"We Live Here: The Midwest" Source: Hulu

Review: 'We Live Here: The Midwest' Documents LGBTQ+ Families in the Heartland

Kilian Melloy READ TIME: 4 MIN.

Hulu's documentary "We Live Here: The Midwest," by filmmaker Melinda Maerker, pays visits to LGBTQ+ families in Iowa, Nebraska, Kansas, and Minnesota, hearing stories – and perspectives – from people who, simply by being themselves, resist being silenced, erased, and pushed to the margins of society.

Nia and Katie, best friends since the second grade and then high school sweethearts, have remained together through thick, thin, and Mia's transition. The parents of five children – one of them adopted – the couple are a case study in how kids don't need to be shielded from the reality of transgender people or same-sex parents. They are also a living testament to the cruelty visited on people of faith by religious institutions that place dogma over compassion and reject the reality of some of their own adherents. "I desperately miss the church," Katie, who was once a preacher in an Evangelical church, tells the camera. But in her unbreakable bond with her wife, she's found a new and stronger faith: "This is my church," she explains, "this bond of love." The greater downside: "We think about leaving the Midwest all the time... We're not seen as humans, as people who have kids, as people who have lives." And yet, that's exactly who they are: "We're people. We're not issues."

That's a message that resonates loud and clear throughout all the stories we hear in this doc. Mario and Monte, a same-sex couple who met in church and live in Nebraska, talk about themselves in ways that surpass easy labels like "gay" or "people of color." The proud parents of an infant daughter, they tell the camera, "We're just who we are." When Mario joined the Air Force, and they were stationed in Nebraska, "I was pissed," Monte admits. But, to their surprise – and perhaps to ours – they have formed friendships and community, even with their Trump-supporting neighbors.

The film also pays a visit to a longtime lesbian couple who farm goats in Kansas and who felt compelled to take their son out of public schools due to bullying. ("What do you expect?" they recall the school's staff callously telling them. "It's just gonna get worse.") "There's nothing different about who we are," the two mothers say. "We're two parents and a child growing up in the Midwest."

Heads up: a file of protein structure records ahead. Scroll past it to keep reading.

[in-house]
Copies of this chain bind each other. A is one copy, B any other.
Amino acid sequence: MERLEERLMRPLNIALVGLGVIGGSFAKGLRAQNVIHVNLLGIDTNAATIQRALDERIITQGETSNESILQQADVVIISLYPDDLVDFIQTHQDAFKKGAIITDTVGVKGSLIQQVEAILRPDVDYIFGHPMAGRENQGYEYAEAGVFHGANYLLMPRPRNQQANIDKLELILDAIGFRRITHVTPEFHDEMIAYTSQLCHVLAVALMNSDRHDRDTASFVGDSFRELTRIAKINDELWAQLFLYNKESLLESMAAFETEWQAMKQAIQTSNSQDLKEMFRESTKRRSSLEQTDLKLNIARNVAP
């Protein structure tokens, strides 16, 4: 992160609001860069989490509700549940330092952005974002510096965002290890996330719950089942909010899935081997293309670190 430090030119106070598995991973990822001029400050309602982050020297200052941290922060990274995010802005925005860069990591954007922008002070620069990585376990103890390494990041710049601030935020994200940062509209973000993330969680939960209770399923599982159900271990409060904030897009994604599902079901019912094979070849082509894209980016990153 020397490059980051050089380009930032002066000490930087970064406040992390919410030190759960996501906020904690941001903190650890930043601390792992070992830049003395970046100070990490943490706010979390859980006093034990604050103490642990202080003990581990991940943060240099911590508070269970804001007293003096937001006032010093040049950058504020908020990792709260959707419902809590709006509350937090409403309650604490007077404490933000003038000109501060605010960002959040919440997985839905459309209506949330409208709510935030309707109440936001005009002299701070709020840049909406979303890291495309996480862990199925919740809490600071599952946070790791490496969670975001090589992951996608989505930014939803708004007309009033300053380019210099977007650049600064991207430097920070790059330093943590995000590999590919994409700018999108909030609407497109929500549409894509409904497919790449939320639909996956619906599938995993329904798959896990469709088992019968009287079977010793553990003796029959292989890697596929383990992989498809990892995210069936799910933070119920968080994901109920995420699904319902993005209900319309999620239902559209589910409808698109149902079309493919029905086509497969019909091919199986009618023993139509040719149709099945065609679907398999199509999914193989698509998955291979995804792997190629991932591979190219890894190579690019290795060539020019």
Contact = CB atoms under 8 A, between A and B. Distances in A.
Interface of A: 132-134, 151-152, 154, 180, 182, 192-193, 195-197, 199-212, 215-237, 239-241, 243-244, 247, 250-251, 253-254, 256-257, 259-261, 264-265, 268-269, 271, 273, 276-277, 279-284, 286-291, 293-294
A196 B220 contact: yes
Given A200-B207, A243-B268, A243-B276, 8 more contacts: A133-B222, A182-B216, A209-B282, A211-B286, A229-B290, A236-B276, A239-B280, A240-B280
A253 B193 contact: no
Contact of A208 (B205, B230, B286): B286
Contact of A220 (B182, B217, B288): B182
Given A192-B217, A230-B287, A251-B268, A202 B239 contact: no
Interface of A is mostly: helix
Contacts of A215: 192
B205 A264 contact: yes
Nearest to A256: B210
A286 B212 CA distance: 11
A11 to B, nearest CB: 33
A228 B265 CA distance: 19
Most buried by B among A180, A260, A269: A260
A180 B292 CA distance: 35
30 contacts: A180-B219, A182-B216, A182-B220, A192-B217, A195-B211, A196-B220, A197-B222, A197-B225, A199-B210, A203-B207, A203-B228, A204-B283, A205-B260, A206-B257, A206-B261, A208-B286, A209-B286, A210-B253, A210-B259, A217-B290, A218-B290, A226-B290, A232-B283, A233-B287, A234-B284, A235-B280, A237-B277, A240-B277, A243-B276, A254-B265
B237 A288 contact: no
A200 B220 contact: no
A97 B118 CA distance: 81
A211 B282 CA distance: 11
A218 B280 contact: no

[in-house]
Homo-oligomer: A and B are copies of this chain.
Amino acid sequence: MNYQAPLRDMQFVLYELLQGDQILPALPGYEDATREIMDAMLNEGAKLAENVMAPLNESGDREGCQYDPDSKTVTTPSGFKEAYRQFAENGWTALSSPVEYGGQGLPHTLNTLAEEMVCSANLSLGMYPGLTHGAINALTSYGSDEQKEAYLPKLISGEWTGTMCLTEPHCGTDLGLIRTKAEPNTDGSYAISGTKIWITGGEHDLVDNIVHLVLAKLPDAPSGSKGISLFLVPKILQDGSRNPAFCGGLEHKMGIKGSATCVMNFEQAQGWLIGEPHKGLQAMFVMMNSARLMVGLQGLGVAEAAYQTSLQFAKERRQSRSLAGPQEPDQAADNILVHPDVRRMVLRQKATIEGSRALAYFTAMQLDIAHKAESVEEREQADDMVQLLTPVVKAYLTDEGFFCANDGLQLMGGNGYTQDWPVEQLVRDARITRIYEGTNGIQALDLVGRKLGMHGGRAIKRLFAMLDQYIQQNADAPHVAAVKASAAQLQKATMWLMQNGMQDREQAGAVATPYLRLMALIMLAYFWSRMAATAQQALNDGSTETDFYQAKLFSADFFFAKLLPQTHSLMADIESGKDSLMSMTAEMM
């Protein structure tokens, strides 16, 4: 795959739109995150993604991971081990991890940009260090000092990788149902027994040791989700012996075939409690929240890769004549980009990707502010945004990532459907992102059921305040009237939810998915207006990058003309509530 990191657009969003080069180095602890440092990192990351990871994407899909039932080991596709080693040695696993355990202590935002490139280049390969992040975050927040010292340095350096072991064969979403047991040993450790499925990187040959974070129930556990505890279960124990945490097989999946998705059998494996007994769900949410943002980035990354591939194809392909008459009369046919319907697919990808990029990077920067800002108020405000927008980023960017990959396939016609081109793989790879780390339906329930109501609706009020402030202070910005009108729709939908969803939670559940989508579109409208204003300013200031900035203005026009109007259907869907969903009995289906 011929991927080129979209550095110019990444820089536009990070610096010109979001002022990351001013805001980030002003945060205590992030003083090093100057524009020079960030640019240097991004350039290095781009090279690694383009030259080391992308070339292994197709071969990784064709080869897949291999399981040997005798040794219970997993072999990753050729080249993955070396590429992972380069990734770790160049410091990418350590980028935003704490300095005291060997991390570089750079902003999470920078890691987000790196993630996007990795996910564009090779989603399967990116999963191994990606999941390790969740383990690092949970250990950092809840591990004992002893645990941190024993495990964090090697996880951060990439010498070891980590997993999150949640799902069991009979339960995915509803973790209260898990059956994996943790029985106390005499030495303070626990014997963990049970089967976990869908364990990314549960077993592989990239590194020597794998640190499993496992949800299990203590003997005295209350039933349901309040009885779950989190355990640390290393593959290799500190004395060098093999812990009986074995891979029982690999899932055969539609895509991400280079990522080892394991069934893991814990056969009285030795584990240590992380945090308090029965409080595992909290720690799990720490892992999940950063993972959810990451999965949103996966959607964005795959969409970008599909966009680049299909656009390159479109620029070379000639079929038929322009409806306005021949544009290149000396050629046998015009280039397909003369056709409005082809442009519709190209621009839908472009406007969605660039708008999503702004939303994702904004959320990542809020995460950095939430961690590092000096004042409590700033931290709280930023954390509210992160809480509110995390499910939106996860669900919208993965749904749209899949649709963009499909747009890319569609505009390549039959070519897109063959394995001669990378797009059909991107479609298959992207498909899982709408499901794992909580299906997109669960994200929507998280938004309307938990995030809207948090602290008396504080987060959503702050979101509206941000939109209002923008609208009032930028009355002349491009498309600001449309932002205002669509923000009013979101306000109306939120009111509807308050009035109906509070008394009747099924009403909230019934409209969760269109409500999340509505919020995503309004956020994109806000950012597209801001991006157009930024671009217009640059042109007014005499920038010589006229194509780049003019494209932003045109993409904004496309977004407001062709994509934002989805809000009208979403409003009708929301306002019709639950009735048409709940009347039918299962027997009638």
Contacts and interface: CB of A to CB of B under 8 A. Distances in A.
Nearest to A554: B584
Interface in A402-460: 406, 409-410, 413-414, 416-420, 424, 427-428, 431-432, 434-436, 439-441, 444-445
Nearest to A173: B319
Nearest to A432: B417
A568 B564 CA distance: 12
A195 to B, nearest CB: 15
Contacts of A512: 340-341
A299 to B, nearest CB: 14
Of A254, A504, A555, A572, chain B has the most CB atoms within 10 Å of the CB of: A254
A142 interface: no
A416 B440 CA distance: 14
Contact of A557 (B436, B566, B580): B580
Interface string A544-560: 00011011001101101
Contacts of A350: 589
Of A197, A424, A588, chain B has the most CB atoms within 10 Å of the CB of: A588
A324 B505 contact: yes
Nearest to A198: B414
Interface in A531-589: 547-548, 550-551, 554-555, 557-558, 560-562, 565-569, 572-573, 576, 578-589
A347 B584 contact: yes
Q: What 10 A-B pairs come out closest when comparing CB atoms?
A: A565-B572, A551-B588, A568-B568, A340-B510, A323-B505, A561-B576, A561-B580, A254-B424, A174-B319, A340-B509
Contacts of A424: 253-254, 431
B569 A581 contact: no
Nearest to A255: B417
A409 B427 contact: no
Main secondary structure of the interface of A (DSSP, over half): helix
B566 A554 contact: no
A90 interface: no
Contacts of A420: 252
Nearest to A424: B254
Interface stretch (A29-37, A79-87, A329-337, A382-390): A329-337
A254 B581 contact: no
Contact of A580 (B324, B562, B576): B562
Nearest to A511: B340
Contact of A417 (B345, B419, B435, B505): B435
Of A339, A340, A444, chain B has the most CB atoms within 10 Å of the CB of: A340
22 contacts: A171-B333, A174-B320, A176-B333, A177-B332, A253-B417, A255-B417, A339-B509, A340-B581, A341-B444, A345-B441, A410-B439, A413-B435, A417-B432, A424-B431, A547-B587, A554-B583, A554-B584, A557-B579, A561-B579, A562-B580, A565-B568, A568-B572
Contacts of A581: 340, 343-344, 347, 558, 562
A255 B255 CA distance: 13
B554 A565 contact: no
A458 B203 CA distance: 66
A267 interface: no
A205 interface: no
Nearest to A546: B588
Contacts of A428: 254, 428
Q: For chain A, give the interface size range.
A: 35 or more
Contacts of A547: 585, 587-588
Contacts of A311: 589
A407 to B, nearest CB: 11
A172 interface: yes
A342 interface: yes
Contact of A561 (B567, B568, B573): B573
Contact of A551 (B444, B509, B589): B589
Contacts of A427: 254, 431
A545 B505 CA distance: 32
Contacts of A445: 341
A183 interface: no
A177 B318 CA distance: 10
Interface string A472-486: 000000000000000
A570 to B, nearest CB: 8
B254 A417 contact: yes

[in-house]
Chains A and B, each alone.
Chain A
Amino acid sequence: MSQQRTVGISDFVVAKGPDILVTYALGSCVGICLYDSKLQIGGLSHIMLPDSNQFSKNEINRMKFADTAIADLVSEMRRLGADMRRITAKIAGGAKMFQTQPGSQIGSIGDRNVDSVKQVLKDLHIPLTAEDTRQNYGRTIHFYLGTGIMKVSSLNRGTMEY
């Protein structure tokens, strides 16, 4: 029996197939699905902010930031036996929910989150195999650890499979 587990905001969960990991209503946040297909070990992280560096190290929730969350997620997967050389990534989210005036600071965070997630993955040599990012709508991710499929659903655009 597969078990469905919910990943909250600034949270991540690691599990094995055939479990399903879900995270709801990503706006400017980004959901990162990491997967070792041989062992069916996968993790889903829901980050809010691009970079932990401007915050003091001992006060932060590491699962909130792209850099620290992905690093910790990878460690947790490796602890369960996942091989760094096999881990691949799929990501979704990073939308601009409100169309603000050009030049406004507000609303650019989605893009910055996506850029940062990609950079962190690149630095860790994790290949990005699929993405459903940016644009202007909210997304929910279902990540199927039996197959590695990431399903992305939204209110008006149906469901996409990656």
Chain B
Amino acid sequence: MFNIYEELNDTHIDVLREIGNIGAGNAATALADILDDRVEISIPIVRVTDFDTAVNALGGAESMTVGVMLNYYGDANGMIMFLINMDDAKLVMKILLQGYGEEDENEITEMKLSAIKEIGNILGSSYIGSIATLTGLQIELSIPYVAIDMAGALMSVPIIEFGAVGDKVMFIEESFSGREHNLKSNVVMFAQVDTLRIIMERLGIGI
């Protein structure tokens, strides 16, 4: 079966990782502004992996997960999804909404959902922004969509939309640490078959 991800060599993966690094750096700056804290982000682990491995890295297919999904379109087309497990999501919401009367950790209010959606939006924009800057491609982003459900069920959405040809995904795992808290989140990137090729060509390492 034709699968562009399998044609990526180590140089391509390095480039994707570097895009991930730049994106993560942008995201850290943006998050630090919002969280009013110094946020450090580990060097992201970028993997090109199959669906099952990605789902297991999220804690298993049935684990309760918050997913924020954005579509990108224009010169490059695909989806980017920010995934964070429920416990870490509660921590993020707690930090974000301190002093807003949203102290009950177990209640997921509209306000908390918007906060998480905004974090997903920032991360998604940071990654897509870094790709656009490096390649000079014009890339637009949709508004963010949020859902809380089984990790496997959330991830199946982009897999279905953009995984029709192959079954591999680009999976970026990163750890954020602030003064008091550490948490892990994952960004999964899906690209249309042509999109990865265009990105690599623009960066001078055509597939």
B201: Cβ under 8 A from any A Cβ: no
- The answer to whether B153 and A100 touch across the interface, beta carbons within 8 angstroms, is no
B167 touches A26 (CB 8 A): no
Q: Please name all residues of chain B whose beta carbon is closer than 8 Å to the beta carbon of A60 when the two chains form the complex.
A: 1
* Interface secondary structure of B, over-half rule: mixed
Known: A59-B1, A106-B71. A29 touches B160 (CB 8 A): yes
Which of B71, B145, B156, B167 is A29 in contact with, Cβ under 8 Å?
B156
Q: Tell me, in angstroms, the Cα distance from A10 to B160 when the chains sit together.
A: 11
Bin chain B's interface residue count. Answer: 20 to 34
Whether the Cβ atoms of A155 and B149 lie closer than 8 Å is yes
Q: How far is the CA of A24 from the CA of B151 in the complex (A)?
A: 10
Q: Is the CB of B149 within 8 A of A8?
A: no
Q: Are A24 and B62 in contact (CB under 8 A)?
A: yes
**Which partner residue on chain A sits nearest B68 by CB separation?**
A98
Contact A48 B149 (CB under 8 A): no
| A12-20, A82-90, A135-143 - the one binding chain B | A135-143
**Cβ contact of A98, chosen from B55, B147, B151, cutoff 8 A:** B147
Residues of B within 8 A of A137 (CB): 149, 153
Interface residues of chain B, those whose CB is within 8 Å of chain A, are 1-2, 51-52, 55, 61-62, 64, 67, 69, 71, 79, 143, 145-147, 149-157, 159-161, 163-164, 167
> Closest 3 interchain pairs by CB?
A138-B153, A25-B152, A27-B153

In Ohio, a gay teacher and his longtime husband face the way that progress for families seemingly came to a screeching halt in 2016 and has been being rolled back more and more swiftly ever since. But they also see all too clearly the toll that rising anti-LGBTQ+ bigotry takes on young people, with bullying exploding in frequency and intensity. "When kids' lives are on the line," the teacher, Russ, declares, "you have to make the change" in how the narrative is allowed to play out.

In Minnesota, state lawmaker Heather Keeler has to brave death threats on the daily. Rep. Keeler cuts to the quick of the matter, noting just how personal and vicious the hatred is: "They're not mad at me because of the bills that I'm presenting," she notes. "They're mad at me because I'm an Indigenous queer woman sitting at the table." She's also one of a trio of LGBTQ+ state lawmakers who decided to step up not, as Keeler tells us, for the sheer sake of power but for the importance of representation. "I'm not in this world for politics," Keeler declares, "I'm in this for people."

The title suggests there could be a series of such films. It would be illuminating, to say the least, to see how families with same-sex parents, as well as transgender, queer, and nonbinary children, deal with the animus directed at them from lawmakers and others in their communities in Southern states like Florida, Arkansas, and Georgia, or even in presumably "safe" states like California or Massachusetts. This film paints a vivid and necessary picture; a few sequels could expand and fill in an even broader portrait of what it's now become to be LGBTQ+ in America.

"We Live Here: The Midwest" streams on Hulu starting Dec. 6.

by Kilian Melloy , EDGE Staff Reporter

Kilian Melloy serves as EDGE Media Network's Associate Arts Editor and Staff Contributor. His professional memberships include the National Lesbian & Gay Journalists Association, the Boston Online Film Critics Association, The Gay and Lesbian Entertainment Critics Association, and the Boston Theater Critics Association's Elliot Norton Awards Committee.

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